Is Biomass Energy Sourcing as Ecologically Sound as We Want it to Be?

Written by Sophia Anner, ESLLC 2016-2017

(The image shows beetle-killed trees, red, and live trees, green, in the Rocky Mountain National Park.)

The topic of energy is in the forefront of every sustainably-minded person’s thoughts. I attended the Sustainability Council meeting last Tuesday, March 28th, and energy was one of the main topics of the morning. Notably, the Vice Chancellor of Facilities, James Rosner, detailed the potential future for renewable energy on campus. He talked about how solar isn’t as feasible due to the gross number of panels needed to make a significant increase in energy derived from renewables. He explained that technically wind power is feasible, but the wind farm would be in Texas, and he expressed concern for how students would understand the sustainable measures being taken if the project was so far away from campus. Finally, Rosner touched on biomass. He explained that there is a facility in Colorado that creates electricity with biomass, notably with trees that have been killed by beetles in the forest.

This struck me as curious. Usually, the view point is that leaving nature alone is often the best bet, as natural processes can generally work out the problems. I thought I should consider more details. First off, the premise of biomass is that burning the biomass (often wood, for example) releases the energy stored during the process of photosynthesis. The electricity generation follow the classic method of burning to make heat to boil water to make steam to go through a turbine, like Don discussed in class. Biomass energy generates about the same amount of electricity as fossil fuels, but the emissions are less potent. One of the reasons it hasn’t taken off is because deforestation is generally frowned upon, and it would take as much land as one third of the United States to farm plants (such as genetically modified fast growing trees or grass) that could be used to power all the U.S. This is where it fits in nicely to use already dead trees killed by the beetle epidemic in Colorado. The first plant to do this in Colorado is in Gypsum, and began providing electricity in 2013, with a goal of covering electrical needs for 10,000 homes.

What made me skeptical of this is from my Global Environmental Change class with Don. In it, we learned about natural wildfires. Low-intensity wildfires occur semi-regularly in many areas, including Colorado, as a way for the biomass on the forest floor to be decomposed, which helps keep the forest soil fertile. Many trees are adapted to survive these frequent, lowintensity fires, as they are part of the natural ecosystem. For example, some species exhibit self-pruning, which means they don’t have branches below a certain height. This allows small fires to sweep through without killing the tree itself. Some trees even need fire to survive – for example, lodgepole pines have serotinous cones, which means the cones will not open without the heat from fire. When humans began to establish towns near forests, a problem arose – humans do not like fire. We see the low-intensity burns as dangerous (as if it wasn’t the fault of us decided to live near them) and so, we like to stop these fires. The problem with this is that when the typical fire rolls through, it now has much more built up biomass to burn through, creating a high intensity burn that can often kill the trees in the forest. In terms of the beetle, since they have always been a part of the forest ecosystem, I suspected that removing these trees might have some link to higher intensity burns.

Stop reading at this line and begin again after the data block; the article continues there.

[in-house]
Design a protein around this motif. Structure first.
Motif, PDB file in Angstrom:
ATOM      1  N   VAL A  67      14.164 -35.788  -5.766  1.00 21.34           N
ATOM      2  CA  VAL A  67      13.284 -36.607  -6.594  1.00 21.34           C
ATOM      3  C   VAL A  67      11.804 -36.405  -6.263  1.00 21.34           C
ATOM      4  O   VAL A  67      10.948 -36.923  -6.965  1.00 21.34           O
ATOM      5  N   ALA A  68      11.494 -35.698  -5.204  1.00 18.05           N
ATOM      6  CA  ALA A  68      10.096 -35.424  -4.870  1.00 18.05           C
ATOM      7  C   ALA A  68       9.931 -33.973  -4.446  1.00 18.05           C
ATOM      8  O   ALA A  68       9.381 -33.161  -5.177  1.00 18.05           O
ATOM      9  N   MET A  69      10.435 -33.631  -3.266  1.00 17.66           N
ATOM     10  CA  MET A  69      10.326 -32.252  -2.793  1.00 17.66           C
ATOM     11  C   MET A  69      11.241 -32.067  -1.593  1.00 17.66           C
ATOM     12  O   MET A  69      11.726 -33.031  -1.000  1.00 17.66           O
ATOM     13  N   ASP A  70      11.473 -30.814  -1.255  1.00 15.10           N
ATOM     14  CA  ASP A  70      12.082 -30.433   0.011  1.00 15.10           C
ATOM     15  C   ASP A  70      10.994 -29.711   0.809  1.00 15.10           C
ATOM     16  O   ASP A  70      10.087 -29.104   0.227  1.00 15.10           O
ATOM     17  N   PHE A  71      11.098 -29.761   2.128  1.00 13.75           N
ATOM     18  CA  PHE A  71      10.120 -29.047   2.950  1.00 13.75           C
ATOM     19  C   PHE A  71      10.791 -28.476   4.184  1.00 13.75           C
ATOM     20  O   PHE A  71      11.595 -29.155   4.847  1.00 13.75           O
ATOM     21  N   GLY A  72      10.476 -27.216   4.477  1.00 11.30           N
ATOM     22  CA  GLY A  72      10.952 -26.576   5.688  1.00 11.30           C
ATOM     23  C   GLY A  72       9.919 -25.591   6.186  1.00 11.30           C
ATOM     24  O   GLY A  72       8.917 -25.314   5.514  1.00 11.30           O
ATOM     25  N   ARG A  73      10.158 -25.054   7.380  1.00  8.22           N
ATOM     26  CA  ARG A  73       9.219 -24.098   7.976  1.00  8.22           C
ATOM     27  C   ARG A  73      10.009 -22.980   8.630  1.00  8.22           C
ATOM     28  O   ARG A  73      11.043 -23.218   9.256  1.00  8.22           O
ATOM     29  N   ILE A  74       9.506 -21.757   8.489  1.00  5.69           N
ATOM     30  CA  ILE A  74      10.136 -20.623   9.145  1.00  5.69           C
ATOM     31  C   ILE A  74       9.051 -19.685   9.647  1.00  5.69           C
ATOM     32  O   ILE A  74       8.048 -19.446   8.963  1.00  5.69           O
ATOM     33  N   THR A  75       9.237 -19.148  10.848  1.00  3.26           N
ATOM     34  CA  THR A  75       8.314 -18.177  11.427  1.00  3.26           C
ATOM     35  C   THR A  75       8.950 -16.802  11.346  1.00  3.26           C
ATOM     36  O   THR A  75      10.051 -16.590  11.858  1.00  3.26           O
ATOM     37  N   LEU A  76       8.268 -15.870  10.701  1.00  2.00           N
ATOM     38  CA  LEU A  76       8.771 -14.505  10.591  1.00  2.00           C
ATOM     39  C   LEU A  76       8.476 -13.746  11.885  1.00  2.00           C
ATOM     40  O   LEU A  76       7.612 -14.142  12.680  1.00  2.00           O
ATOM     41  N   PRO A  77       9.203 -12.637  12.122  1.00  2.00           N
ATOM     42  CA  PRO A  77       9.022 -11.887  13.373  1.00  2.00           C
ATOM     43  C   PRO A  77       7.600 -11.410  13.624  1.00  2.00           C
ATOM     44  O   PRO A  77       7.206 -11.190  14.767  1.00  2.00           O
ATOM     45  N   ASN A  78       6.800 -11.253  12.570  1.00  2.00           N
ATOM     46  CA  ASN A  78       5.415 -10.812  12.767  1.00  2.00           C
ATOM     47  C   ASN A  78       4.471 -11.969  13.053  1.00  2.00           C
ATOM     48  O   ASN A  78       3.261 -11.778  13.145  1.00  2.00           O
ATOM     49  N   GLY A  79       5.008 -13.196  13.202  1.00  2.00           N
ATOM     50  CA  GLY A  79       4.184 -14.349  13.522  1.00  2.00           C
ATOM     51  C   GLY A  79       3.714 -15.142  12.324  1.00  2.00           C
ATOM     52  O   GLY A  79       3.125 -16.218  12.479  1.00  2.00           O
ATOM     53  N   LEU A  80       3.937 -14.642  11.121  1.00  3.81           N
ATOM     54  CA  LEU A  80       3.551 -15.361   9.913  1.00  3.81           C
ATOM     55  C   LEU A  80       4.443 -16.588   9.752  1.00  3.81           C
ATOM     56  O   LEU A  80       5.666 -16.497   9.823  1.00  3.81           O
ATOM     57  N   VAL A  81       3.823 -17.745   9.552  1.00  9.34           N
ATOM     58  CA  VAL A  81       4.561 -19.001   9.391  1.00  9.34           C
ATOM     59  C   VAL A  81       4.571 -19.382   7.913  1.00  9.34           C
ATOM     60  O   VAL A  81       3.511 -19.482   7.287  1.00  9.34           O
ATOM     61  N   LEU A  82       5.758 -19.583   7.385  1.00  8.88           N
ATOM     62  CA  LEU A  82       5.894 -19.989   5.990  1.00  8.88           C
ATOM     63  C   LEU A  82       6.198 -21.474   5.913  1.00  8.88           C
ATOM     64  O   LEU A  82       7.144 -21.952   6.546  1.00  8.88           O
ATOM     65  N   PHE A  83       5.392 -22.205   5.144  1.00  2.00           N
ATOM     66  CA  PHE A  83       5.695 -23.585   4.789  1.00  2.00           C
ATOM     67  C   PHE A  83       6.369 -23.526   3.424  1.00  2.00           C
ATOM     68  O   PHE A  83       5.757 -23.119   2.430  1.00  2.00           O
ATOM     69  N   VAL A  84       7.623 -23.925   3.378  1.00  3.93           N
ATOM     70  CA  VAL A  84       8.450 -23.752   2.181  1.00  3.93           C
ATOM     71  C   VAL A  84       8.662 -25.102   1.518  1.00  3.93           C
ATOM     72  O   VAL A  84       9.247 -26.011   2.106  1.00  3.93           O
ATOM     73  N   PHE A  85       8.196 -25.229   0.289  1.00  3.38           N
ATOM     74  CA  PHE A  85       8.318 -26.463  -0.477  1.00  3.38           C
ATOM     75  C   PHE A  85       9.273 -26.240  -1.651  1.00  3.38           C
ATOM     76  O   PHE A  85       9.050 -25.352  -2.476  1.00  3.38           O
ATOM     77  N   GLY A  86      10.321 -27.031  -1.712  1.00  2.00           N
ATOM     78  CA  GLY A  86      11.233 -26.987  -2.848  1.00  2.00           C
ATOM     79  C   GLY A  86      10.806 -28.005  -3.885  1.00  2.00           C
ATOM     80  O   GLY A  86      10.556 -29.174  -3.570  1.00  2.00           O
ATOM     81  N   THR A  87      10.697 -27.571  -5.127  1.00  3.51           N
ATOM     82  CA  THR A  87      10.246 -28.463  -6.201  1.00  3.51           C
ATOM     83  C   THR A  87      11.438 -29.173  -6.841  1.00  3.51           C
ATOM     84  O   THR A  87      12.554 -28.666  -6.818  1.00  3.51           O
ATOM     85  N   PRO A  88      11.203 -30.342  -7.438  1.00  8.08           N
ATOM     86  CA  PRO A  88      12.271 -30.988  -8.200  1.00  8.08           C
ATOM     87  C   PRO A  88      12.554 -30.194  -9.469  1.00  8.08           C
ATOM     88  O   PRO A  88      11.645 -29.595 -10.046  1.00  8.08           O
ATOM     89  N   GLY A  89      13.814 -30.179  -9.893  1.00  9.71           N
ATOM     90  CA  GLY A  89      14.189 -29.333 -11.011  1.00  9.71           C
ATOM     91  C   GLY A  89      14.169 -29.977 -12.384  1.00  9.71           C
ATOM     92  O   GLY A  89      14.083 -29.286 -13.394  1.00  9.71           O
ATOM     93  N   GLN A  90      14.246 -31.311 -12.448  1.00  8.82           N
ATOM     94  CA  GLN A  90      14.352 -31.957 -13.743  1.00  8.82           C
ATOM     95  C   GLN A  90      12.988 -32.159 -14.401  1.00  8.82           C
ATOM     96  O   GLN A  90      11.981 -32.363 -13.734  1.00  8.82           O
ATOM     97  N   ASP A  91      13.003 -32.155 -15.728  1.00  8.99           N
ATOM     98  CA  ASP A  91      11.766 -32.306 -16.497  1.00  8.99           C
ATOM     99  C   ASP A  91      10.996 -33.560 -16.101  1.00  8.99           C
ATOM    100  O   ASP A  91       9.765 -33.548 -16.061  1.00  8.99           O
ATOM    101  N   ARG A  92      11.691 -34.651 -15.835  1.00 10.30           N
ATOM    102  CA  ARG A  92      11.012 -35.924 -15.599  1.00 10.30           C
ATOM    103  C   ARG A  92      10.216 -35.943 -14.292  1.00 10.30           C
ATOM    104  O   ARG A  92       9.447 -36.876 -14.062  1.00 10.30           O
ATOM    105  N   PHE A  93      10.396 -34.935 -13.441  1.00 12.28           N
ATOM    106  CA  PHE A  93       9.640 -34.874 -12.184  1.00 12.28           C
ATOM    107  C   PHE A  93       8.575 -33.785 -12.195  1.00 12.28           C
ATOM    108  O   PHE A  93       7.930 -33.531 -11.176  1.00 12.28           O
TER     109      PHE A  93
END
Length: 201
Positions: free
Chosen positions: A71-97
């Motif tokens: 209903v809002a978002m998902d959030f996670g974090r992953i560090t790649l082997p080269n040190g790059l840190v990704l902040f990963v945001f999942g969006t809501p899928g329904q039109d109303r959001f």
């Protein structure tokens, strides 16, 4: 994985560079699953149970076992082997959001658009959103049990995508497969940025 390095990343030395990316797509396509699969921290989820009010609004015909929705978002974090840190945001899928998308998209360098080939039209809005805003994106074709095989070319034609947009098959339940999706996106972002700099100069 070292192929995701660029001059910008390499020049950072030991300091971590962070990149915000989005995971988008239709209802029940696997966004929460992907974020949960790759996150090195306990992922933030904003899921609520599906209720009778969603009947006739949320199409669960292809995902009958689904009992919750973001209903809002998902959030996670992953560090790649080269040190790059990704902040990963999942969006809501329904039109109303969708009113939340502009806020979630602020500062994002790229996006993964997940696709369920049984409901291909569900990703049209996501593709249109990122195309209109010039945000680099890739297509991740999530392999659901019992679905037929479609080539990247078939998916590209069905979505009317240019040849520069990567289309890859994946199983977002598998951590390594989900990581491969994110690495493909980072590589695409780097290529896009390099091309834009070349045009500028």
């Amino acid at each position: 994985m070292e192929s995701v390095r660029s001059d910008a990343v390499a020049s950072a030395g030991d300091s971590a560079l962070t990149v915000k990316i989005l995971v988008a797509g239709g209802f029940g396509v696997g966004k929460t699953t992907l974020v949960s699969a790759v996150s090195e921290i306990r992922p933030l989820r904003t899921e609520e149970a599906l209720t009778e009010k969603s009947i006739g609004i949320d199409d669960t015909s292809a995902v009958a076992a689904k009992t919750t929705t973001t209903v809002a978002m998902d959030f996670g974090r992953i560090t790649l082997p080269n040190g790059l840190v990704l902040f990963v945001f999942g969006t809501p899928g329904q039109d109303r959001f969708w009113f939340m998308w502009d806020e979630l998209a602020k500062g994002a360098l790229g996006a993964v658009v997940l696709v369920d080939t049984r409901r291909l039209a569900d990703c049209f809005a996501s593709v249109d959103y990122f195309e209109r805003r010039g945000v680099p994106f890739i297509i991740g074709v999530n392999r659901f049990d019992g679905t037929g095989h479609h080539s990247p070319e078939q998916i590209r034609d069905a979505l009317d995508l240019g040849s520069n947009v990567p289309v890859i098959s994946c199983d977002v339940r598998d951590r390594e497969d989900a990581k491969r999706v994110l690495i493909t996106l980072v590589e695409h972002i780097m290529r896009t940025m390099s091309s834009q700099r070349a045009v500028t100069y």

I found an article from the NASA website (albeit written in 2010) detailing the investigation into exactly this concern – does removing the trees prevent fires or make them worse? The article explains that common sense would tell you that having dead, brittle trees would provide better kindling for fires, and therefore having the trees taken out for biomass energy production is a win-win. In fact, by comparing beetle-killed tree locations with satellite fire maps, the researchers explain that live trees contain more volatile flammable oils. As trees die, these oils break down and so the dead trees are less flammable. They also pointed out that these dead tree zones might even slow down fire, as there is no kindling in the area to continue feeding a fire sweeping through, and so the fire can be minimized.

Clearly, there is still a lot left to be known about tree and beetle ecology, and how keeping the dead trees in might affect the ecosystem and aesthetic value of the forests, but it is safe to say that if the University seriously considers biomass, all aspects of the process must be analyzed in depth.


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